Yankees starter Masahiro Tanaka went above and beyond the call of duty during Saturday’s 2-1 loss to the Rays. He held the Rays scoreless through five innings and had struck out both Austin Meadows and Tommy Pham in the top of the sixth when Ji-Man Choi roped a double out to left field. With a one-run lead to protect, Tanaka induced a first-pitch groundout from Yandy Díaz, but things didn’t go quite as expected: the ball ricocheted off of his right leg, then caromed back toward first base for an easy 1-3 putout.
It’s a play that might not have worked quite so perfectly if the ball hadn’t struck Tanaka’s shin at just the right angle. Unfortunately for the pitcher, it was also one of the hardest-hit batted balls he’d allowed all year — and one that left a definite contusion on his leg. He exited with a trainer and did not return for the seventh inning, when Tommy Kahnle stepped in for the starter and gave up the tying run on a Brandon Lowe solo shot.
For now, however, it doesn’t seem as though the Yankees have much to worry about. X-rays returned negative for any fractures, and Tanaka is likely to make a full recovery well before his next scheduled start. So far this season, the 30-year-old righty is 3-3 through 10 starts with a 3.09 ERA, 2.1 BB/9, and 8.1 SO/9 across 58 1/3 innings.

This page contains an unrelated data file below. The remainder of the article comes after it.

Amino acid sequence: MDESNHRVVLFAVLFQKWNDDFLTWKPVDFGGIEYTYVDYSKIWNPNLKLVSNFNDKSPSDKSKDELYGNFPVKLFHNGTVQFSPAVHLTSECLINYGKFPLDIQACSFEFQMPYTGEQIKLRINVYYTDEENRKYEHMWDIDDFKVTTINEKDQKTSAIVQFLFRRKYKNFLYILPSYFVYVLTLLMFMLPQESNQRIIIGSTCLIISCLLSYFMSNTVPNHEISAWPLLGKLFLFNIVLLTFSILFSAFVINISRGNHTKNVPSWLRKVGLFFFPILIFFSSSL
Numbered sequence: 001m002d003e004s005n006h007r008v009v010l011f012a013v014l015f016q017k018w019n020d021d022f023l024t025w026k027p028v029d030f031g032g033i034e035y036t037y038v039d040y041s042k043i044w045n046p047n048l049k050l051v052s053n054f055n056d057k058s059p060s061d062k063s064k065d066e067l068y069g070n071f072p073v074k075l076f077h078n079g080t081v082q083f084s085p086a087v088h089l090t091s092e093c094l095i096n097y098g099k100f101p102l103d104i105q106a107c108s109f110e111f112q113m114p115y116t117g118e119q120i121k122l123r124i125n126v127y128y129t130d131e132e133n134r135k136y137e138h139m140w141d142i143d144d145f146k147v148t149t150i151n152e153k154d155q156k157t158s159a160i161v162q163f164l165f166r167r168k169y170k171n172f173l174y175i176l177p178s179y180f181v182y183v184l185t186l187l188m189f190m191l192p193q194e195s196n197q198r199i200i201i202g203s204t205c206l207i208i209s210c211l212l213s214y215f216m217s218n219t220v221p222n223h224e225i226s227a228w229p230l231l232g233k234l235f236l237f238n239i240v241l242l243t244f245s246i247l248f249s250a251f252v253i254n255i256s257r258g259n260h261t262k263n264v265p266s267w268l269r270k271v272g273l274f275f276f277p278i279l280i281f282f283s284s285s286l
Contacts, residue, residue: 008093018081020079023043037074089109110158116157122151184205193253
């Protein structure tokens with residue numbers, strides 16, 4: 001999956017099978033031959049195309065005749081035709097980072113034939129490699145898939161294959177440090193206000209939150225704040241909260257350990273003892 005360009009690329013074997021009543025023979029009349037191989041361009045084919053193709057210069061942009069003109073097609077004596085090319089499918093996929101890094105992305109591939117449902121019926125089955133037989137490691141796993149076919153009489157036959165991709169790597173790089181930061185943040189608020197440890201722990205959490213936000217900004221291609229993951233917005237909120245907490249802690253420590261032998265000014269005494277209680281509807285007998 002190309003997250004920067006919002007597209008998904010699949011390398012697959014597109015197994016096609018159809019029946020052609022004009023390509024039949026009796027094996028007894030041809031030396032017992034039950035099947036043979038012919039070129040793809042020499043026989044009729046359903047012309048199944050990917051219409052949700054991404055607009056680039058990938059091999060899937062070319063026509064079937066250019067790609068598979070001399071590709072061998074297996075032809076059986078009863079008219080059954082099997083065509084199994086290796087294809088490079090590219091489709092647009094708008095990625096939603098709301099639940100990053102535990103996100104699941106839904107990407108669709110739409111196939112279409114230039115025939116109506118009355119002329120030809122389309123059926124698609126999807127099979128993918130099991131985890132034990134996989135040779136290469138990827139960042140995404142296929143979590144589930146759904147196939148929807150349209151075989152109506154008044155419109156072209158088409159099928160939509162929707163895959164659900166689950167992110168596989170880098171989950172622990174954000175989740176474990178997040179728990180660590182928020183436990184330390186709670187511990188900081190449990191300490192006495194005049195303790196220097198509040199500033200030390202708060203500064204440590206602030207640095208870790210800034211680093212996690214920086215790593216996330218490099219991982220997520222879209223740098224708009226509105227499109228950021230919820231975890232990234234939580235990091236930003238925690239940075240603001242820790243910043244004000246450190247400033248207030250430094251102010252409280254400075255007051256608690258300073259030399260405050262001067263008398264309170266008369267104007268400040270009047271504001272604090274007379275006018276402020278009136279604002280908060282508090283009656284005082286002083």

The Yankees, meanwhile, are now 27-17 following Saturday’s loss and sit just half a game behind the Rays for first place in the AL East.
I guess this came out the day he was elected but I missed it somehow: Larry Walker is going to have a Rockies cap on his Fall of Fame plaque.
While it was once solely the choice of the inductee, for the past couple of decades the Hall of Fame has had final say on the caps, though the request of the inductee is noted. This is done to prevent a situation in which a cap truly misrepresents history. This issue arose around the time Wade Boggs was inducted, as he reportedly had a deal with the Tampa Bay Devil Rays to pick their cap on his plaque which, to say the least, would’ve been unrepresentative.
There have been some mildly controversial picks in the past, and some guys who would seem to have a clear choice have gone with blank caps to avoid upsetting the fan base of one of his other teams, but Walker’s doesn’t seem all that controversial to me.
Walker played ten years in Colorado to six years in Montreal and two years in St. Louis. His numbers in Colorado were substantial better than in Montreal. His MVP Award, most of his Gold Gloves, most of his All-Star appearances, and all of his black ink with the exception of the NL doubles title in 1994 came with the Rockies too. Walker requested the Rockies cap, noting correctly that he “did more damage” in a Rockies uniform than anyplace else. And, of course, that damage is what got him elected to the Hall of Fame.
Still, I imagine fans of the old Expos will take at least some issue here. Those folks tend to be pretty possessive of their team’s old stars. It’s understandable, I suppose, given that they’ve not gotten any new ones in a decade or two. Add in the fact that Walker played for the 1994 Expos team onto which people love to project things both reasonable and unreasonable, and you can expect that the Expos dead-enders might feel a bit slighted.
Welp, sorry. A Rockies cap is the right choice. And that’s Walker’s cap will feature.